Next to be considered are the technical aspects of greenhouse operation: temperature, heat, ventilation, water, shade, light.
When cultural directions for plants include growing temperatures, these refer to night temperatures, unless there is specific advice for germination of seeds or rooting of cuttings under special conditions. It is usual to run a greenhouse in one of three general ranges:
Of course, it is not possible to maintain the entire greenhouse at exactly the specified range, and this is an advantage. For within each range, it is possible to provide widely different climatic conditions. When you run a check with several strategically placed thermometers, you will find that there are pockets, sections, corners, and high and low locations where the temperature varies five to ten degrees from the general setting. In these areas you can indulge yourself with a plant or two from the list recommended for the moderate greenhouse even though you run your house cool; or you can have success with plants on the moderate list although most of your plants are grown warm.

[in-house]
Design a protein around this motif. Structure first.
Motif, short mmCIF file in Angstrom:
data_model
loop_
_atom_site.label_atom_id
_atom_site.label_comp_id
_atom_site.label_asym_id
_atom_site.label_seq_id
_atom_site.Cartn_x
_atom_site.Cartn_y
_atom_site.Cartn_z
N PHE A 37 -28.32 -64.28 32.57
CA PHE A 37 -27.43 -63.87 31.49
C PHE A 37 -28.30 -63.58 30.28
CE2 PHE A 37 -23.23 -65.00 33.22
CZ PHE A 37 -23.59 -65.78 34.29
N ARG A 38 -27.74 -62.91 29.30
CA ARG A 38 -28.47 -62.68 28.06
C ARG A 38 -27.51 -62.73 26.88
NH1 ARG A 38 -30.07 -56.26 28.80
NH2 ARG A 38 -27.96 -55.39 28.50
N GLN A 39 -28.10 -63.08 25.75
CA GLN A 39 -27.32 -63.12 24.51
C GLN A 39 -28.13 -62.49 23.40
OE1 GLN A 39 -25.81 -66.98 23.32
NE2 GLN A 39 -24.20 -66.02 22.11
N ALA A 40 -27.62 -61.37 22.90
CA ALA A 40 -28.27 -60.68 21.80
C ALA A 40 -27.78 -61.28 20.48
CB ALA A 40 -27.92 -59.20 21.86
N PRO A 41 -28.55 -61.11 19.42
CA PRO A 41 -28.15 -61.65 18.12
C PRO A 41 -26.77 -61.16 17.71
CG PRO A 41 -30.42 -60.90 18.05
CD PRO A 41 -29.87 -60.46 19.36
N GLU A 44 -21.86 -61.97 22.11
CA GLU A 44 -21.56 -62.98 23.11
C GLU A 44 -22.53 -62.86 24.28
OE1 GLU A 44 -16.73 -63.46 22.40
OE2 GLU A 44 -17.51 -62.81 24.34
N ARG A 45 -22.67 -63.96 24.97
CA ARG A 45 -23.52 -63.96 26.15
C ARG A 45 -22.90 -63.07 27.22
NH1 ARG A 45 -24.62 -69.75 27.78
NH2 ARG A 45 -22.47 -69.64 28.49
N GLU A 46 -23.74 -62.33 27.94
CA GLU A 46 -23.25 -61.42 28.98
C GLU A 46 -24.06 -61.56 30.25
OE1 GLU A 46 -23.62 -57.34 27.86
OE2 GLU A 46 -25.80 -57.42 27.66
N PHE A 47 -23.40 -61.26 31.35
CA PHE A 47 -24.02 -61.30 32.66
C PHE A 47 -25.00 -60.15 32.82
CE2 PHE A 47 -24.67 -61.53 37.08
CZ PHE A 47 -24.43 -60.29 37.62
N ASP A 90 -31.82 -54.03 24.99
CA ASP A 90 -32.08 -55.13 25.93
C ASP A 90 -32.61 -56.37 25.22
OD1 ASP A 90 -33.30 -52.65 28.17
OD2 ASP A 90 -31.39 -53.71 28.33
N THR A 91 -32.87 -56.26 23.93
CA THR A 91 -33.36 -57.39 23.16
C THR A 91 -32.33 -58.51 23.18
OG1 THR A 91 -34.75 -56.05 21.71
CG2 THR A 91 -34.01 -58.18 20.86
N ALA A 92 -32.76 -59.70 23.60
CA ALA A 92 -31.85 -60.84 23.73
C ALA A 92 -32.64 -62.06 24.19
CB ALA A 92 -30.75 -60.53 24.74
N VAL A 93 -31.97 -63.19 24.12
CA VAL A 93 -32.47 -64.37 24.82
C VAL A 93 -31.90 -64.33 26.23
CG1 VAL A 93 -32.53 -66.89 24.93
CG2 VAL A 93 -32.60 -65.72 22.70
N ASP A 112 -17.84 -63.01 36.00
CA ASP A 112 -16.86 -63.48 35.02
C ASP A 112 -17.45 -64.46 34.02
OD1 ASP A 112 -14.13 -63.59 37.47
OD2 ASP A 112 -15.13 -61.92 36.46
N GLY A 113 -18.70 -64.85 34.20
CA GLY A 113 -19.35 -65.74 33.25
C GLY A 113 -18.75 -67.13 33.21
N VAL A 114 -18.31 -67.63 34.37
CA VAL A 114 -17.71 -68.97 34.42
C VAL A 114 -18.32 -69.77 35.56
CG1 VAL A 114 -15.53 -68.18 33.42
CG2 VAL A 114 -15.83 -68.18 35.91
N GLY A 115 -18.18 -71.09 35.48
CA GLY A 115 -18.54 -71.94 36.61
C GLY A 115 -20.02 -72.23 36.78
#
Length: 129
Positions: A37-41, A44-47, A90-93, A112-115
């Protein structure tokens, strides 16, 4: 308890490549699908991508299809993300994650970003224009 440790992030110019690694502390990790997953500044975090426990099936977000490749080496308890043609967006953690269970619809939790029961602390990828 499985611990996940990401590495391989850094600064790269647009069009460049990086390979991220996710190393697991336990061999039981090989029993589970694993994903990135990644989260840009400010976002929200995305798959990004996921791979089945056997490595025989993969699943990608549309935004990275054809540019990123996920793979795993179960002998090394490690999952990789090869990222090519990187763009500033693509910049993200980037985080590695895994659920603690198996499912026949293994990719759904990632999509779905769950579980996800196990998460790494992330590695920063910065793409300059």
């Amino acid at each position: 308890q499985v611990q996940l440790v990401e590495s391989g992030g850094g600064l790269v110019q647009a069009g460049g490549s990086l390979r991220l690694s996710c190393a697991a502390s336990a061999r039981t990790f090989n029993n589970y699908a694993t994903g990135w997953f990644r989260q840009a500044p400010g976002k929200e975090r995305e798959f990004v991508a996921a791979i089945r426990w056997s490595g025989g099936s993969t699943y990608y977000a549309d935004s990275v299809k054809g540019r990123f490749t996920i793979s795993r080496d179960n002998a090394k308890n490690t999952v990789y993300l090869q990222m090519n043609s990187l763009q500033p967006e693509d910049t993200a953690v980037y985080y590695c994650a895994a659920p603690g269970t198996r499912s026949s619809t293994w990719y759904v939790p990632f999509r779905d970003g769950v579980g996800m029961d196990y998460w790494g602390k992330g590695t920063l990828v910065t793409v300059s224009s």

You will discover that corners are warmer than the center of the greenhouse, and that rising heat results in more warmth at head height above benches—a good place for hanging baskets or shelves for orchids. If yours is a glass-to-ground greenhouse, you will surely have some cool, humid areas even in a moderate-to-warm greenhouse, as moisture from above and below the benches combines with the rising heat. Furthermore, recommended temperatures for various plants often "straddle" two ranges, and many plants can be grown in a cool or moderate house, or in a moderate or warm house. Obviously, then, you have considerable leeway in your selection of compatible plants for any one of the three rather arbitrary temperature ranges.
In my own greenhouse with a night temperature setting of 52 F, in February I usually have in bloom camellias, cattleya and cymbidium orchids, Christmas cactus, crown-of-thorns, geraniums, and fibrous-rooted begonias. Coming along nicely will be amaryllis, gloxinias, tuberous begonias and maybe a dendrobium orchid or two in bud.
Each temperature range has its advantages but this cool greenhouse —45-50 F at night—is the one I prefer, and of course it costs the least for heating. The low night temperature does not preclude a pleasant warm daytime atmosphere when the sun makes the house a most agreeable place to work. And the cool house marvelously prolongs the life of flowers. The same cyclamen in bud and flower before Christmas will continue in handsome bloom through April. The temperature range best suited to the plants you want to grow will directly affect your decision about the heating equipment you will buy for your greenhouse.